Plaintiff was arrested upon Seaman's complaint and was kept in jail 43 days, and upon trial in superior court she was found not guilty. She testified that she was never known as “Anna Fields” and had never cashed a check in defendants' store. She also described the detriment caused by the arrest and imprisonment. At the conclusion of plaintiff's case, motion for nonsuit was granted “upon the ground the evidence is insufficient to show a liability on the part of the defendants”; it being urged by defendants' counsel that the “said acts and conduct of said Seaman were beyond the line and scope of his authority–nor has he [plaintiff] shown a ratification of the acts of the defendant Seaman.”

It is not questioned that the evidence should be construed in the light most favorable to plaintiff, nor does it seem to have been contended that Seaman was not actually manager of defendants' store, or that the events testified to by plaintiff did not transpire. Respondents cited Mackie v. Ambassador H. & I. Corporation, 123 Cal. App. 215, 11 P.(2d) 3, as supporting the court's ruling. The distinction is there made that where an employee acts “for the purpose of protecting the property [of the employer] by preventing a felony or of recovering it back,” the employer is liable for such acts of the employee under the doctrine of respondeat superior; whereas if it is “an act done for the purpose of punishing the offender for that which has already been done,” it is outside the scope of his employment and the employer is not liable.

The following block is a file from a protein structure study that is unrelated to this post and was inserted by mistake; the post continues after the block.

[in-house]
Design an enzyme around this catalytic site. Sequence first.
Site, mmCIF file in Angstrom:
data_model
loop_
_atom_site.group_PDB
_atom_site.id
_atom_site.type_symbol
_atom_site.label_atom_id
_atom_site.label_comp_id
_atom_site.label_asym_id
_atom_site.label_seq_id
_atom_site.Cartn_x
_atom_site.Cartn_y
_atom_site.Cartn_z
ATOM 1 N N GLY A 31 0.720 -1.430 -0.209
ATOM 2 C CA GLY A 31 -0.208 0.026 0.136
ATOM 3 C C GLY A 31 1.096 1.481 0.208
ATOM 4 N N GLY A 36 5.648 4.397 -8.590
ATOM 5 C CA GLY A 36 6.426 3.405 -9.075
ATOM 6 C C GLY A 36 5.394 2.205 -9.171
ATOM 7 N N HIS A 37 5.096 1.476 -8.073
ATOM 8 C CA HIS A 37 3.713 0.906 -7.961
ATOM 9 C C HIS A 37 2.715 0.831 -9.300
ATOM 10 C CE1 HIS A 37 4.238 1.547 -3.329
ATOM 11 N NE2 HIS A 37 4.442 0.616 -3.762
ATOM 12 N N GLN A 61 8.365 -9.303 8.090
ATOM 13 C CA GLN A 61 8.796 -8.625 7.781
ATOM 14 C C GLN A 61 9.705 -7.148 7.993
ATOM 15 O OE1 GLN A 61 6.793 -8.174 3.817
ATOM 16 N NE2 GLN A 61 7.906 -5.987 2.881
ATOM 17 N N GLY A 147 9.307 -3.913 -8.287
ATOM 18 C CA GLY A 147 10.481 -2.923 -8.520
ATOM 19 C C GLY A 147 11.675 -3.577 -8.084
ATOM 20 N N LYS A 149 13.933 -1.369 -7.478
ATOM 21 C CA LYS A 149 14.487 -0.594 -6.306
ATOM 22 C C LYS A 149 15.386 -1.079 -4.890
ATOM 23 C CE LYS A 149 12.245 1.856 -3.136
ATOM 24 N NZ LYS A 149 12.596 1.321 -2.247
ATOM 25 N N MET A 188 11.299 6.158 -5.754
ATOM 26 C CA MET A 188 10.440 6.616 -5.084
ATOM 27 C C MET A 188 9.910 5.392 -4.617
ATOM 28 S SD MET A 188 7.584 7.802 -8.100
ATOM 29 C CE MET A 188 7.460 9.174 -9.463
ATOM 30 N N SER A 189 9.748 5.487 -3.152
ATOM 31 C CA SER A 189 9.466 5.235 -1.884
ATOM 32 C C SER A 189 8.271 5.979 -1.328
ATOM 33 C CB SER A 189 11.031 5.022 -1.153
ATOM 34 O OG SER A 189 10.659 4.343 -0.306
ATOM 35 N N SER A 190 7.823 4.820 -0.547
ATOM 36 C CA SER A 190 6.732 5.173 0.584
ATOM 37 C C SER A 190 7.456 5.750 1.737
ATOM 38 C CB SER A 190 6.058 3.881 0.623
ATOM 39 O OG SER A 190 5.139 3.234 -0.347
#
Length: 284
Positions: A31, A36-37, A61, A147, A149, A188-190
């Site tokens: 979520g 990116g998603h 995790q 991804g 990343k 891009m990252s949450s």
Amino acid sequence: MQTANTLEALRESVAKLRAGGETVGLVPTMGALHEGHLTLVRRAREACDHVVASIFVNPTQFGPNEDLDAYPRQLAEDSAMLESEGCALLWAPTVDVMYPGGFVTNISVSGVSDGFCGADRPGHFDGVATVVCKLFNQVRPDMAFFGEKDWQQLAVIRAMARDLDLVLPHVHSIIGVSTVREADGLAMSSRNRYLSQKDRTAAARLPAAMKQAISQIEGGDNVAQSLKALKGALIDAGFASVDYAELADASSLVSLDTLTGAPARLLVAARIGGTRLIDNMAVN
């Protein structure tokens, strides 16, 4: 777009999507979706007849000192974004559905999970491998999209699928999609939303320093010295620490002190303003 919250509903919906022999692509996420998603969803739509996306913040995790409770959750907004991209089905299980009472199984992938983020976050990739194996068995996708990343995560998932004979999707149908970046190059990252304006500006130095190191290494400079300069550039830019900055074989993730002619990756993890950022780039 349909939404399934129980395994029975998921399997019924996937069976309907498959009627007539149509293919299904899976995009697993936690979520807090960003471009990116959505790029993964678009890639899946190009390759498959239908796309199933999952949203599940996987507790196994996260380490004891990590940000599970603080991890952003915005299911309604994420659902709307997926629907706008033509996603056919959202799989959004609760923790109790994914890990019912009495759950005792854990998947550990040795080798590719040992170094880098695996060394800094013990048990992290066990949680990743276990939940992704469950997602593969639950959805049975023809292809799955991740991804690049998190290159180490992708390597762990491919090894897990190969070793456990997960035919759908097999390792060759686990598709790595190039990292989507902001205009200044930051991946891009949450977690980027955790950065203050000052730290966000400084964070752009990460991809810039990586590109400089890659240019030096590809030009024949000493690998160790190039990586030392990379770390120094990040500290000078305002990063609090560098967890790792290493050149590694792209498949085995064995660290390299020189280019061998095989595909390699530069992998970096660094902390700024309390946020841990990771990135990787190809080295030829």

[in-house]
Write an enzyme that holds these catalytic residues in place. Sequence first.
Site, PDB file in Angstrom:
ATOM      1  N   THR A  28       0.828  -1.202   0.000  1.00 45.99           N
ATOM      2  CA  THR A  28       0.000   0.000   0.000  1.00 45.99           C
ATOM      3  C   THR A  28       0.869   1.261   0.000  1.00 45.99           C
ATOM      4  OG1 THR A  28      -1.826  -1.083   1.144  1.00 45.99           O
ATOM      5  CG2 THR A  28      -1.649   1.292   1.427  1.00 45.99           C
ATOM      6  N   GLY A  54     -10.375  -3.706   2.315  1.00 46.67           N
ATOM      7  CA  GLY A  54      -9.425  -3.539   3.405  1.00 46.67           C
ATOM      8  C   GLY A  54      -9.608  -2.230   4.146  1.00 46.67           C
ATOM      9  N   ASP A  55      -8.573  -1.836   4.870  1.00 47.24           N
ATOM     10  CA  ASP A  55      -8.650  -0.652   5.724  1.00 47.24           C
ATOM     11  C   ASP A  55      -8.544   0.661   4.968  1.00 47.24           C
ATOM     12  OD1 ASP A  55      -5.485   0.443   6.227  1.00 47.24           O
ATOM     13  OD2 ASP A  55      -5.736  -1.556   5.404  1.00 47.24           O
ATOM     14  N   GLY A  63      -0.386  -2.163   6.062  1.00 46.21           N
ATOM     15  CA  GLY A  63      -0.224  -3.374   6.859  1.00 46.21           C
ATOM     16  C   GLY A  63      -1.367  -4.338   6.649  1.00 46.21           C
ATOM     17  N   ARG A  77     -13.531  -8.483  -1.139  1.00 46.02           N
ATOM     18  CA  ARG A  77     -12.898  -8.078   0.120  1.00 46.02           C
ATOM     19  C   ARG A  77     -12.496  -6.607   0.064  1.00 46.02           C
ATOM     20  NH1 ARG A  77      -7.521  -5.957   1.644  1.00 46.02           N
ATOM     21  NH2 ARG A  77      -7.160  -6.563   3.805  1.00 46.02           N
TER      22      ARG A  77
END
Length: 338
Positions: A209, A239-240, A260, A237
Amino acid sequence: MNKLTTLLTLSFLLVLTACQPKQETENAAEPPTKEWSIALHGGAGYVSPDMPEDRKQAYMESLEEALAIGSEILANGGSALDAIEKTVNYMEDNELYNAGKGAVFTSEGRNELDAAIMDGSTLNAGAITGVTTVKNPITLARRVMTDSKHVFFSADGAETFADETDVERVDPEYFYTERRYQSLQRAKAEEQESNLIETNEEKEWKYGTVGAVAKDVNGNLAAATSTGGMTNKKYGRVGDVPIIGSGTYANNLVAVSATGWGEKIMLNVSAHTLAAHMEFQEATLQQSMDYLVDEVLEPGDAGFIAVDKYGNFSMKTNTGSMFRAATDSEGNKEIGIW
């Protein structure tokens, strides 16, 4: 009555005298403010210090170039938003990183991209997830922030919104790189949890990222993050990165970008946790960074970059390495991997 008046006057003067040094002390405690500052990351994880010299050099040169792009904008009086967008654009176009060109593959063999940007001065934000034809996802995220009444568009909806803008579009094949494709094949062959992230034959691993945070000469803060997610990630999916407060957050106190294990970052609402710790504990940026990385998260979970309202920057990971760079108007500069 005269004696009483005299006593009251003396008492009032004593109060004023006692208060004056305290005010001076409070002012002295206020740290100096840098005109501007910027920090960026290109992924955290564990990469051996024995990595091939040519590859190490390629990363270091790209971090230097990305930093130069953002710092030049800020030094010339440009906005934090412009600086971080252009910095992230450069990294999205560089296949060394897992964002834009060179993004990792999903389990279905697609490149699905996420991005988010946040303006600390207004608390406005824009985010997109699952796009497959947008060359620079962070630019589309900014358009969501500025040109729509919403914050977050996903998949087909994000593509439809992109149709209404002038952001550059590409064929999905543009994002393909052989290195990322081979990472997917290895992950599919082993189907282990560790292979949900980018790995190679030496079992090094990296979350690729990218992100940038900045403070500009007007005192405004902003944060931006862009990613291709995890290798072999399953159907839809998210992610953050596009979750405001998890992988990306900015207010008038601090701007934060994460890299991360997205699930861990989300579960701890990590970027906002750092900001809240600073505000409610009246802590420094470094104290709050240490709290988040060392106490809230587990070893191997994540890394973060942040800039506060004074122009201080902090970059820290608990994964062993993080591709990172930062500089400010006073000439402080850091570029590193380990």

In the instant case it was a question of fact to be submitted to the jury as to whether Seaman was acting for his employer in attempting to collect for the latter money to reimburse it for a check which had been cashed during the course of its business, and was using criminal process to accomplish this result. The evidence presented by plaintiff, which must be construed in the light most favorable to her case in considering the court's ruling, is such that we cannot say as a matter of law that Seaman was acting outside the course and scope of his employment. That being the ground on which the motion for nonsuit was granted, and there appearing to be no other ground which, although not stated, would support such a motion, we conclude that the trial court erred in its ruling and that appellant is entitled to a new trial.

Judgment and order of nonsuit reversed.

SCOTT, Justice pro tem.

We concur: STEPHENS, P. J.; CRAIL, J.